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Control of immune response relies on a key protein, study finds

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posted on Jun, 1 2016 @ 10:20 PM
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Written by Catharine Paddock PhD
Published: Tuesday 31 May 2016

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www.medicalnewstoday.com...
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Scientists have identified a protein that appears to play a key role in controlling immune response. By testing how the protein works in mice, they found possible explanations for why immune T cells sometimes fail to eliminate tumors and chronic infections. They suggest the discovery may lead to new treatments for many diseases, including cancer, autoimmune diseases, and infections.
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From tests on mice, Prof. Bradley and colleagues found PSGL-1 plays a key role in inhibiting T-cell activity. It is needed to increase levels of checkpoints.
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Prof. Bradley suggests blocking the protein could boost the immune response to cancer and chronic viral infections like hepatitis. Alternatively, increasing the protein could inhibit immune response, an approach that could be useful for treating autoimmune diseases such as multiple sclerosis, rheumatoid arthritis, psoriasis, and lupus.
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Sounds exciting, to me.
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I hope they speed the research to the point of broad application.
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Are any ATSers working in this field? What do you think?
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Certainly some new treatment for MS, lupus and arthritis would be most welcome . . . in addition, of course, to the cancer help etc.
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posted on Jun, 1 2016 @ 10:28 PM
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a reply to: BO XIAN

If you remove the protein, what will be the damage on your body?
I only see a solution to getting rid of the cancer itself, but not the impact on the body.



posted on Jun, 1 2016 @ 10:32 PM
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a reply to: LauGhing0ne

I don't think that they got that far.

Perhaps it would be safer to merely suppress it's expression for a limited time--until the cancer or whatever was dealt with decisively?



posted on Jun, 2 2016 @ 05:19 AM
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Hi, long time lurker here who finally felt compelled to join and share my expertise in this field.

I'm a pharmacologist by training now working for a big pharma in the commercilization of this new wave of cancer immunotherapies. A quick Google search will show you how anti-PD1 and anti-CTLA4 antibodies are becoming the most powerful tool we've ever had to fight cancer (and the most exciting is that they seem to work in synergy with so-called alternative therapies like bicarbonate and probiotics which deserves a topic on its own).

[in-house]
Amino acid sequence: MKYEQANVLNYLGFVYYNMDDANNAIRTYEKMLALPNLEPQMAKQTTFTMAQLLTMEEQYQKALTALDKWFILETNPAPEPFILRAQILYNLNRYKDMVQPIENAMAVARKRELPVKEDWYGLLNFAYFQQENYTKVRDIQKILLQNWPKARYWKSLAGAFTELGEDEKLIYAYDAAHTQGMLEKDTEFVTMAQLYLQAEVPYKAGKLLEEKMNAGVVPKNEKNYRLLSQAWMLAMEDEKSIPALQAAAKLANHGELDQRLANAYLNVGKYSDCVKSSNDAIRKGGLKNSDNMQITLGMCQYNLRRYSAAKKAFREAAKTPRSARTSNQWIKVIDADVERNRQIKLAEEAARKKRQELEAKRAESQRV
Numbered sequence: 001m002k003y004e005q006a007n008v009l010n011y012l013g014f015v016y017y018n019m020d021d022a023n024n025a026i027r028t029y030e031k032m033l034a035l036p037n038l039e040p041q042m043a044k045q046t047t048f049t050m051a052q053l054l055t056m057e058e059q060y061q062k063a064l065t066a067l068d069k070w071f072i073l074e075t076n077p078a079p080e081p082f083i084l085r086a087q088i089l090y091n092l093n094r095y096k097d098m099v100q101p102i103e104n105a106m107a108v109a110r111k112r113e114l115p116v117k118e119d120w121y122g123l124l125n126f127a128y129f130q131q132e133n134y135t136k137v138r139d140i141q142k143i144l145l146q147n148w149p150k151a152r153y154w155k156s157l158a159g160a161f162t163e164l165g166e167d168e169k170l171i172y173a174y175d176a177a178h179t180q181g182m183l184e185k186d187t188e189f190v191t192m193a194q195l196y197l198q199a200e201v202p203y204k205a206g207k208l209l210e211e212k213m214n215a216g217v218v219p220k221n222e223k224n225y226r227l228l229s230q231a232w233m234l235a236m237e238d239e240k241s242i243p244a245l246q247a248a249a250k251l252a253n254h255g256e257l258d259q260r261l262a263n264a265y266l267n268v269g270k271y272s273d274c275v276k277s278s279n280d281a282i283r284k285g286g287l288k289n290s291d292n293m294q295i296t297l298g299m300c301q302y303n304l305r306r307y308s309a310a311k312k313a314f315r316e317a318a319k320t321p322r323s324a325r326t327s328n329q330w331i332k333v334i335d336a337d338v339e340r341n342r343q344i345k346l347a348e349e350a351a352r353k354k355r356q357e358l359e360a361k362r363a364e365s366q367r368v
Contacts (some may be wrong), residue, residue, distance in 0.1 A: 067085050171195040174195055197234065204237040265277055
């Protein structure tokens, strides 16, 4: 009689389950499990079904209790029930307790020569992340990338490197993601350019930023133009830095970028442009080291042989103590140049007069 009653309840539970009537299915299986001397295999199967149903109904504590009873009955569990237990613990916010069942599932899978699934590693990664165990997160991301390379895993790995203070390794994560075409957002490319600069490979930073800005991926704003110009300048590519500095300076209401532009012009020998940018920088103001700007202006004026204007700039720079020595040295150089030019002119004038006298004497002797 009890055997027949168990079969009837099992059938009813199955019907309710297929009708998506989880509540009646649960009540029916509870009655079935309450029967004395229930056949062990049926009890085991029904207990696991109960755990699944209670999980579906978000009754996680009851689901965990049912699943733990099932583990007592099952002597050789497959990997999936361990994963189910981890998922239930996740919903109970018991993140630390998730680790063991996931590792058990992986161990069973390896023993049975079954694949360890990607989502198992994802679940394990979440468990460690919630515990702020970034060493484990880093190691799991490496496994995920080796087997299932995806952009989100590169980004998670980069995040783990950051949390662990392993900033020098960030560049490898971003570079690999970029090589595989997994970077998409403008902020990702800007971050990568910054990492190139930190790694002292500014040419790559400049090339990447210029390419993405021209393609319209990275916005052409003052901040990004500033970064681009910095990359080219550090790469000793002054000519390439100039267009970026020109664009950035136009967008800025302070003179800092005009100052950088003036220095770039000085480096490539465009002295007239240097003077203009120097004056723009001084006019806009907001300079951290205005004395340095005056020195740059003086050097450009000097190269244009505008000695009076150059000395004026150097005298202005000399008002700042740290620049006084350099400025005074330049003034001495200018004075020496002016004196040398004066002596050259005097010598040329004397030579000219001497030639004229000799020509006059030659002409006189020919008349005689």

This new target supposedly control the expression of a number of these checkpoint including PD1. It could potentially show activity similar to combination checkpoint blockade that we have today, only time will tell if it actually improves on it and/or on its safety profile. It is definitely an exiting time for research in oncology and autoimmune diseases and I truly believe we are only a few years away from cures to most cancers since discoveries like the one cited in the OP are now happening almost every week. Yes these cures will be brought to you by the evil pharmas which have been hiding it from you all this time [/sarcasm]. a reply to: BO XIAN


edit on 2-6-2016 by Immunis because: Typo

edit on 2-6-2016 by Immunis because: Typo



posted on Jun, 2 2016 @ 10:35 AM
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a reply to: Immunis

THANKS TONS for your experienced perspective.

What timeline do you anticipate before the average patient could be helped by this discovery?



posted on Jun, 2 2016 @ 11:43 AM
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a reply to: BO XIAN

Hoping a cure for food allergies and allergies pertaining to animals...start small and work up to the big ones..



posted on Jun, 2 2016 @ 05:13 PM
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originally posted by: chrismarco
a reply to: BO XIAN

Hoping a cure for food allergies and allergies pertaining to animals...start small and work up to the big ones..


INDEED.

That would be a great blessing to millions.

Thanks.



posted on Jun, 3 2016 @ 09:14 AM
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originally posted by: BO XIAN
a reply to: LauGhing0ne

I don't think that they got that far.

Perhaps it would be safer to merely suppress it's expression for a limited time--until the cancer or whatever was dealt with decisively?


if that is the case, i can probably come up with a solution for every sickness in the world




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